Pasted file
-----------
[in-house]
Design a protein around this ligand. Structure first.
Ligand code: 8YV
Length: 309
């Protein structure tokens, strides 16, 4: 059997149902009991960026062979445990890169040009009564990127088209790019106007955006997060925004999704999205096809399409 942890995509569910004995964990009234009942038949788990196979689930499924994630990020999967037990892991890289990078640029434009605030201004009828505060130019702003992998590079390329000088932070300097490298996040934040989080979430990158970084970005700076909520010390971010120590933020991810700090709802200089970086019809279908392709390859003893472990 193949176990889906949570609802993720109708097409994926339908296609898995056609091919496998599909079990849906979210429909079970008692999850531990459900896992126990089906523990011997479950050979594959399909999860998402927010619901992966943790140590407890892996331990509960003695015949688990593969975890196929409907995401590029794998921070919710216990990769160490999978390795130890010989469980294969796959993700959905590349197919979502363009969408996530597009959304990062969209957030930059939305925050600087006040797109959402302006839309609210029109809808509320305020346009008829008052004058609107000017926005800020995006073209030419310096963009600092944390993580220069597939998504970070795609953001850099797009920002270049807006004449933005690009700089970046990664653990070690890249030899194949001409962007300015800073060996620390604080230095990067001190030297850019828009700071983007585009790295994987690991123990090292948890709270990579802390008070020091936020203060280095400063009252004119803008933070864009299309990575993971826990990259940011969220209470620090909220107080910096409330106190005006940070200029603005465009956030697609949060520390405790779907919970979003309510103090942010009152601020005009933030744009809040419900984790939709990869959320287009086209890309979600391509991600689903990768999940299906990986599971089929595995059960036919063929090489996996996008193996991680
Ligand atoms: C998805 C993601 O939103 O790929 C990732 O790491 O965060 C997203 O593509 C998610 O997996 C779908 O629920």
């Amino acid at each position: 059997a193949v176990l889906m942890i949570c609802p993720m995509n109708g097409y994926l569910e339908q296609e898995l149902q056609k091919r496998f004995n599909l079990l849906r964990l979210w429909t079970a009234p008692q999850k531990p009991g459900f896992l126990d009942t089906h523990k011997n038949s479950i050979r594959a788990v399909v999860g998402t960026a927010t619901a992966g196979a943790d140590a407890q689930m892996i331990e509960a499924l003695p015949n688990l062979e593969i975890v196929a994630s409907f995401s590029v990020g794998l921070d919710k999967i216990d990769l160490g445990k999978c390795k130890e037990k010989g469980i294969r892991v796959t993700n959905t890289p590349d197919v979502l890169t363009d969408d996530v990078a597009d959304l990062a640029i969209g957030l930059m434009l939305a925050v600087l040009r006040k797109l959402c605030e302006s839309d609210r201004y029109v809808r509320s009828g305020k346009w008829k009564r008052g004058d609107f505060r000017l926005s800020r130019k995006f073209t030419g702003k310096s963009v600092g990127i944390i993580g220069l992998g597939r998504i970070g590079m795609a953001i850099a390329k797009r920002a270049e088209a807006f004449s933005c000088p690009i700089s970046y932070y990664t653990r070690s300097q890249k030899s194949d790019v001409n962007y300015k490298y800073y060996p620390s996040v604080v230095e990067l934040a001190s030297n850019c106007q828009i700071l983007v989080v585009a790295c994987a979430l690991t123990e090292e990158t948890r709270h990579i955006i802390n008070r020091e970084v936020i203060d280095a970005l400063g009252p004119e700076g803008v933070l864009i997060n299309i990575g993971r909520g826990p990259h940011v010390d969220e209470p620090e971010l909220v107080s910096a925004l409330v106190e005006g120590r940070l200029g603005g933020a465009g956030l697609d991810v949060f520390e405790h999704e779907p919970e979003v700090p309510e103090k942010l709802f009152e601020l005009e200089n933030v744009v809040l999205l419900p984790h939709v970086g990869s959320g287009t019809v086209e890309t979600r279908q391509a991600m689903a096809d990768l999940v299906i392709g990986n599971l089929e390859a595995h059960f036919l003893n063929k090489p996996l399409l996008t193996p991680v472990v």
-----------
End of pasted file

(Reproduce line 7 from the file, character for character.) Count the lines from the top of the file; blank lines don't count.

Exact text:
């Amino acid at each position: 059997a193949v176990l889906m942890i949570c609802p993720m995509n109708g097409y994926l569910e339908q296609e898995l149902q056609k091919r496998f004995n599909l079990l849906r964990l979210w429909t079970a009234p008692q999850k531990p009991g459900f896992l126990d009942t089906h523990k011997n038949s479950i050979r594959a788990v399909v999860g998402t960026a927010t619901a992966g196979a943790d140590a407890q689930m892996i331990e509960a499924l003695p015949n688990l062979e593969i975890v196929a994630s409907f995401s590029v990020g794998l921070d919710k999967i216990d990769l160490g445990k999978c390795k130890e037990k010989g469980i294969r892991v796959t993700n959905t890289p590349d197919v979502l890169t363009d969408d996530v990078a597009d959304l990062a640029i969209g957030l930059m434009l939305a925050v600087l040009r006040k797109l959402c605030e302006s839309d609210r201004y029109v809808r509320s009828g305020k346009w008829k009564r008052g004058d609107f505060r000017l926005s800020r130019k995006f073209t030419g702003k310096s963009v600092g990127i944390i993580g220069l992998g597939r998504i970070g590079m795609a953001i850099a390329k797009r920002a270049e088209a807006f004449s933005c000088p690009i700089s970046y932070y990664t653990r070690s300097q890249k030899s194949d790019v001409n962007y300015k490298y800073y060996p620390s996040v604080v230095e990067l934040a001190s030297n850019c106007q828009i700071l983007v989080v585009a790295c994987a979430l690991t123990e090292e990158t948890r709270h990579i955006i802390n008070r020091e970084v936020i203060d280095a970005l400063g009252p004119e700076g803008v933070l864009i997060n299309i990575g993971r909520g826990p990259h940011v010390d969220e209470p620090e971010l909220v107080s910096a925004l409330v106190e005006g120590r940070l200029g603005g933020a465009g956030l697609d991810v949060f520390e405790h999704e779907p919970e979003v700090p309510e103090k942010l709802f009152e601020l005009e200089n933030v744009v809040l999205l419900p984790h939709v970086g990869s959320g287009t019809v086209e890309t979600r279908q391509a991600m689903a096809d990768l999940v299906i392709g990986n599971l089929e390859a595995h059960f036919l003893n063929k090489p996996l399409l996008t193996p991680v472990v």